A merchant is a person or persons that are engaged in the purchase of a sale of some type of commodity or service for profit.
The UCC defines good faith for all parties as honesty in the process of buying and selling.
The UCC defines good faith for Merchants as honesty in fact and the observance of reasonable commercial standards of fair trade.
An example of a good faith requirement is a farmer and a grocery vendor in which they contract is for x of fresh tomatoes delivered on Monday and paid y. The expectation is of freshness and quality.
With regard to good faith, the restatement provides greater or more explicit guidance about certain actions in the contract, and the penalty if good faith is violated.
Conditions are sets of guidelines that formulate definitions for contracts.
An express condition is one clearly stated in specific terms that something must occur; that conditions must be followed to the letter.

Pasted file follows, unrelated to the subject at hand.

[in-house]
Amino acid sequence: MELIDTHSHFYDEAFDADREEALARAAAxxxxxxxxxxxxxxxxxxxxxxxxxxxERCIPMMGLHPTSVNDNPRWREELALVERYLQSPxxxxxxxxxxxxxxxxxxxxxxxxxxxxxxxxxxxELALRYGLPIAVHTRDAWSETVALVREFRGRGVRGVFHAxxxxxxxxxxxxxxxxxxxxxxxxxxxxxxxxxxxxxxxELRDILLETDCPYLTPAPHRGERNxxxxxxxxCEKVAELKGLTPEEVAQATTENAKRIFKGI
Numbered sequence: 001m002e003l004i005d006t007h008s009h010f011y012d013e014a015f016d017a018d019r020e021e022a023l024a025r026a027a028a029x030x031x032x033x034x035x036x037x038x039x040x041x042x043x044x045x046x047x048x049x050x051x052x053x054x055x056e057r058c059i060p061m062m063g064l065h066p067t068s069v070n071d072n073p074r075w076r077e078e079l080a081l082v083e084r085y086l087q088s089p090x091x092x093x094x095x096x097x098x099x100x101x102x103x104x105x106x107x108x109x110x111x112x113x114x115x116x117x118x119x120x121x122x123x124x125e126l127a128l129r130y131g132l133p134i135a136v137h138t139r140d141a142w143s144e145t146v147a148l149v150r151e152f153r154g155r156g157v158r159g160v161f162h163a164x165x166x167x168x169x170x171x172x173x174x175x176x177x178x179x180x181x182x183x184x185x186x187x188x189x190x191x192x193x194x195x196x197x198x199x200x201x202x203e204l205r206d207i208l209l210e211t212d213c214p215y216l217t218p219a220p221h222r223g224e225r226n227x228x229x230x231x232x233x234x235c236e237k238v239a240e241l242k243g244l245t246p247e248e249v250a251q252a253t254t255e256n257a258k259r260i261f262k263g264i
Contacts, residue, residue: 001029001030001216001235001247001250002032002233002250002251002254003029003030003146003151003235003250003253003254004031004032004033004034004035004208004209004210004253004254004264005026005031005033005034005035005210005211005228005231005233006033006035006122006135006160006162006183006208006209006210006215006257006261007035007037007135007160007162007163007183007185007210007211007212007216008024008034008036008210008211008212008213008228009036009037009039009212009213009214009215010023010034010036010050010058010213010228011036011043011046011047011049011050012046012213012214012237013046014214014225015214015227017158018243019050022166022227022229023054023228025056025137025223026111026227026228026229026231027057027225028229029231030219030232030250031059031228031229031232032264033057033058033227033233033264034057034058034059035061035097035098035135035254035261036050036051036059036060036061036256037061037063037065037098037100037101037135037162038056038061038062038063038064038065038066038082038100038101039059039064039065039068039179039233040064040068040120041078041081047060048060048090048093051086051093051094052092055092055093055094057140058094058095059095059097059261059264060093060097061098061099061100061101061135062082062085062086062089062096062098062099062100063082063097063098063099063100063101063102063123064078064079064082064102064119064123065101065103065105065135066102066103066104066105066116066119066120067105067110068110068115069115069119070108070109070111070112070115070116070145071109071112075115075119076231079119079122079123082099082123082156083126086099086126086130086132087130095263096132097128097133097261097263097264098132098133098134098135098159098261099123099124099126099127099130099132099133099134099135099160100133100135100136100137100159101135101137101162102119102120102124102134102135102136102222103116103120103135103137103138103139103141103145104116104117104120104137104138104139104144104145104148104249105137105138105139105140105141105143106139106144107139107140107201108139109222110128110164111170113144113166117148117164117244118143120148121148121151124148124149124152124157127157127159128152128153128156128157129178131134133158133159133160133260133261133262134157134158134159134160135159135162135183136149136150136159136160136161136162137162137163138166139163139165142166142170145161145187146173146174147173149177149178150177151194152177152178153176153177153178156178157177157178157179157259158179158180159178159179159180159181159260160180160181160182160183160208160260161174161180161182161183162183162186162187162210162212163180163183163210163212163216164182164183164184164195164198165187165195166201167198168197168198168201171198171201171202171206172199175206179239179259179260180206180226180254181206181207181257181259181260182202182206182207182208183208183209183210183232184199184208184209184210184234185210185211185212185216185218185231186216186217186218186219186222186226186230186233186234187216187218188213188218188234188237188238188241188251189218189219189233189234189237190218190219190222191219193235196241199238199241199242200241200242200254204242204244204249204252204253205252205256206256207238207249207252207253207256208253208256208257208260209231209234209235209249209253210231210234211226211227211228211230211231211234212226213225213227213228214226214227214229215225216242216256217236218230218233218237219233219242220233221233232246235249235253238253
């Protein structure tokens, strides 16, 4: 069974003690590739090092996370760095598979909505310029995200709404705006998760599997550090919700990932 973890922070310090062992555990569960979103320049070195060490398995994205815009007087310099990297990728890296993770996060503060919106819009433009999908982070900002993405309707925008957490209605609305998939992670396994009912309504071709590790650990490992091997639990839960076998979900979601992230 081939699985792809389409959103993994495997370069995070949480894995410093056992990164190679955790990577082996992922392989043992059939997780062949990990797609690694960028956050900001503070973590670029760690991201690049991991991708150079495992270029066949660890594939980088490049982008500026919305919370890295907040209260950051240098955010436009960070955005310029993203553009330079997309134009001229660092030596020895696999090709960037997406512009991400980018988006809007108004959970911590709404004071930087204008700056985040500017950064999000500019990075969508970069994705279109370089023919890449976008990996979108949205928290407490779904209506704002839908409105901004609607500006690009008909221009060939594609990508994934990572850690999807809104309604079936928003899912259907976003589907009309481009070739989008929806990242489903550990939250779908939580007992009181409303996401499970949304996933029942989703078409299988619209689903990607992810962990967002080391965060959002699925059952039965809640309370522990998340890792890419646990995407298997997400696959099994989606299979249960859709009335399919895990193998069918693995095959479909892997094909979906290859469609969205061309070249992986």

An example of an express condition would be Jones agrees to ship widgets to Smith. Smith must return them or pay for them, but the duty is B to pay if satisfied.
An implied condition is a condition usually enforced by legal means even if not expressly included in the contract.
An example of an implied condition would be if Jones agrees to ship gloves to Smith as quickly as possible, but they do not arrive until after the cold season, the order may be legally canceled even if the exact ship date or “time is of the essence” is not included in the order.